DETECTED : overconsumption results from marketing campaigns

Did we really need 52 weeks of new arrivals? I don't think so. Here are 5 things we need instead.

☀️Hello again to another weekly newsletter of my series called DETECTIONS. Yup, I renamed it recently. What do you think of the name? 🕵🏻‍♀️

With summer having entered, what we wear has perhaps subconsciously been influenced. By social media influencers, our peers, magazines, brands, you name it, the list of “influencers” today keeps growing to infinity. I dream of the day where we are our OWN influencer #canyouimagine!?! Why? Perhaps you’ve read that in my recent post on why we need a makeover of influencers, and preferably let scientists lead the way in a role as “Scienfluencers™” #WorkInProgress

Anyway, whatever we end up buying has connotations to it such as “perfect for THIS summer”, “perfect for THAT occasion”, “not to be left out from your holiday packing list to <exotic destination>”. Given COVID restrictions, that destination may as well be your parents’ backyard.

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Marketing campaigns have made us believe that we need to keep buying more, more frequently. I once heard someone say: “It’s an old dress, I bought it last summer”. Pardonnez-moi, that dress is still in perfect condition, looks hella stylish, and deserves to be in more Instagram photos. But who can be blamed for this behavior when aggressive marketing campaigns have brainwashed you into believing this to be the reality.

So we throw away <we think donating is a charitable act though> these clothes that are in great condition, because they are “out of fashion”. We keep collectively increase the pile of unwanted clothes. This is stuff. Stuff that has great value, just no longer to the previous owner. This is really a shame.

I once saw a documentary where women in India working in sorting factories came to believe that we in the West have a water crisis. “The cannot wash their clothes, that’s why they send them to us.” Isn’t that just hilarious? If only they knew…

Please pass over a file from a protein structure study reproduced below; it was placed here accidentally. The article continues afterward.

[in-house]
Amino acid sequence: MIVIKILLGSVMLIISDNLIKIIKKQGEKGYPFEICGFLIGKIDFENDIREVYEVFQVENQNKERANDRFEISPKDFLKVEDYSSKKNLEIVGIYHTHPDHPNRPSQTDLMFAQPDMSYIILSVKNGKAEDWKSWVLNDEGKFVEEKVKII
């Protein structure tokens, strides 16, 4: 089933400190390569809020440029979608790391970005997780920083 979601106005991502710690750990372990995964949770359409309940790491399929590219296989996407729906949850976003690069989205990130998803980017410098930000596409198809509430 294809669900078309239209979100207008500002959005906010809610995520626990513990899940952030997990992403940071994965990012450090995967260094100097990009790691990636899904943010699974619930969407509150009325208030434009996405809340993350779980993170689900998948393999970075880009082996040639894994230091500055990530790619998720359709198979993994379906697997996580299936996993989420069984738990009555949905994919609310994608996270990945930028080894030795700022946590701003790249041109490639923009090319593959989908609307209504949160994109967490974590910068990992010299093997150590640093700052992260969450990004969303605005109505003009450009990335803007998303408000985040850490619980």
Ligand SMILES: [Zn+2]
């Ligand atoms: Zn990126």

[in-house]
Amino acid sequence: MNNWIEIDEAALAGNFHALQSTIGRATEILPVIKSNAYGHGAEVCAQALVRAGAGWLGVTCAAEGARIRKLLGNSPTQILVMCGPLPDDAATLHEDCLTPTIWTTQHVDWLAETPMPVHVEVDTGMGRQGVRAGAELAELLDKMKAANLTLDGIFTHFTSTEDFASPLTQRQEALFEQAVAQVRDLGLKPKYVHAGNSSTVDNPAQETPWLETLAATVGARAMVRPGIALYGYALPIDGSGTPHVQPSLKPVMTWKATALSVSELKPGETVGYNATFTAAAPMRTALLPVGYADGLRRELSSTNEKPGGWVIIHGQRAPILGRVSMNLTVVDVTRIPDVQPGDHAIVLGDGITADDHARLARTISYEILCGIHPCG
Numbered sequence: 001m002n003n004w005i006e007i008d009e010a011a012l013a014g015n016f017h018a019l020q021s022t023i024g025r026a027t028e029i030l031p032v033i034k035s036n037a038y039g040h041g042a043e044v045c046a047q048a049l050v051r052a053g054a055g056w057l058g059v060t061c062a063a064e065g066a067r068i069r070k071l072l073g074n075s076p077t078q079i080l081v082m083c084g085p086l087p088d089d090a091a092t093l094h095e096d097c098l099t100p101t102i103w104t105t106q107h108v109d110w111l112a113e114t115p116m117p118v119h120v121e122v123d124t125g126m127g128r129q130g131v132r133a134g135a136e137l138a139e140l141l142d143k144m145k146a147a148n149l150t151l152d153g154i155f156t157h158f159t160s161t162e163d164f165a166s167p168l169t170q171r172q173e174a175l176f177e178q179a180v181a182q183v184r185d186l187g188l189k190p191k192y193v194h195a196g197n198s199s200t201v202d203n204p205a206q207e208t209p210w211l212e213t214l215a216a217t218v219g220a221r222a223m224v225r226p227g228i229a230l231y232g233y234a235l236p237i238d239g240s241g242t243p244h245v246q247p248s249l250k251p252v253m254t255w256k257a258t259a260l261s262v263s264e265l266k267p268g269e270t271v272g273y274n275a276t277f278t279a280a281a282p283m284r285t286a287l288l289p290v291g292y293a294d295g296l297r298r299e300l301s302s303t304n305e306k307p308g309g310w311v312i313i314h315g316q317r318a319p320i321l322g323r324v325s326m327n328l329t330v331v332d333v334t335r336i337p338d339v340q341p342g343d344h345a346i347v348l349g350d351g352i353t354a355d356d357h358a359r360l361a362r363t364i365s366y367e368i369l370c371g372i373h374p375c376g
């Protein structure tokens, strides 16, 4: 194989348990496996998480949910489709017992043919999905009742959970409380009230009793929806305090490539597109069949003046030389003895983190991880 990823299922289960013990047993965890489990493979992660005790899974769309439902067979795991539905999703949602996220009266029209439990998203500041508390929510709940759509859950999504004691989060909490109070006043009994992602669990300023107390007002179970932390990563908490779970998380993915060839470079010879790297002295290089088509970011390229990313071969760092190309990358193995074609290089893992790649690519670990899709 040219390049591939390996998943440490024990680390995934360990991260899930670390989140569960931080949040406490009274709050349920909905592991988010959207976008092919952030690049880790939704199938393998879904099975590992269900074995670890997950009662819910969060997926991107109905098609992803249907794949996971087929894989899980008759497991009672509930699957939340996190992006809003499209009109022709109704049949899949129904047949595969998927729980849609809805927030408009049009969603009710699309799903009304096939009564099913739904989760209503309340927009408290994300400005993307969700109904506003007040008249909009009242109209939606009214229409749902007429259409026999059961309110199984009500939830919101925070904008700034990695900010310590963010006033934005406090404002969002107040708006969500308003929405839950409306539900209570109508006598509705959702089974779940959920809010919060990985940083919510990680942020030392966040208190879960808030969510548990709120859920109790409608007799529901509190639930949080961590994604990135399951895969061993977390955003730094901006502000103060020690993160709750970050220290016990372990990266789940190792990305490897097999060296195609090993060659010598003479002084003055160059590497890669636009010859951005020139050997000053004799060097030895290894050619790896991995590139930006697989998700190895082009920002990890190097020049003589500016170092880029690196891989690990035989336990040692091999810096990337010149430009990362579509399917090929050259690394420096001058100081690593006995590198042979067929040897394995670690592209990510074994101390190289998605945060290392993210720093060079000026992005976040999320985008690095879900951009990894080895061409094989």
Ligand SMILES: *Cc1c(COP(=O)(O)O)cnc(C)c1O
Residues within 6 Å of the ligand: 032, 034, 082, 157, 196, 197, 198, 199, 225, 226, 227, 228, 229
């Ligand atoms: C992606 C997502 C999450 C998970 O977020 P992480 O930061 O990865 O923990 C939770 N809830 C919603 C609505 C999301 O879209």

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So we have 52 fashion seasons, buying new styles every week. Throw them away as fast as the heel of a pair of fast fashion stilettos breaks on a night out (#PlannedObsolescence). I’ve seen it happen, I always feel sorry for the girls who fell for this scheme.

We used to have just 2 fashion seasons and we only bought highly durable items that are made to last, to be passed on as an heirloom, to not be ditched into landfills. Just saying.

We overconsume as a result of having been told that we absolutely need this and that and those items ASAP. Listening to strangers instead of our own instincts is an interesting phenomenon.


Marketeers have deliberately created campaigns promoting products that “solve our problems”. We have been made aware of problems we did not have but supposedly have, and LUCKILY their product will rescue us.

Give. Me. A. Break.

So here are 5 steps to take on this madness:

  1. Get a clear idea on what our personal style is. I recommend following Justine Leconte on YouTube.

  2. Develop a trained eye for greenwashing. Here to help!

  3. Gain the power to resist discounts. Just sleep on it for at least 10 nights and if you still want it, sure go ahead.

  4. Open a savings account for your wardrobe. “The Style Account” if you will. If you have a digital bank you can easily create this for free.

  5. Just unfollow all influencers on Instagram.


When it comes to influencers on IG I have so far 1 exception. Her name is:

  • Aja Barber

    I have met the woman in Copenhagen (before she became insta famous) and she is the real deal. What I love about her is how down to earth she is. She openly writes about why she rejects free products from the majority of brands reaching out to her. She calls out brands & billionaires on greed and greenwashing in the fashion industry.

  • Aja is the only exception, oh, and any legit scientist that has started to become a Scienfluencer™. At Positive Fibers we are working on finding potential Scienfluencers. Do you know anyone who is a legit scientists and likes to educate others in an engaging way? Reach out, please.

As Miranda from The Devil wears Prada would say:

“That’s all.”


The Circular Fashion Detective 🕵🏻‍♀️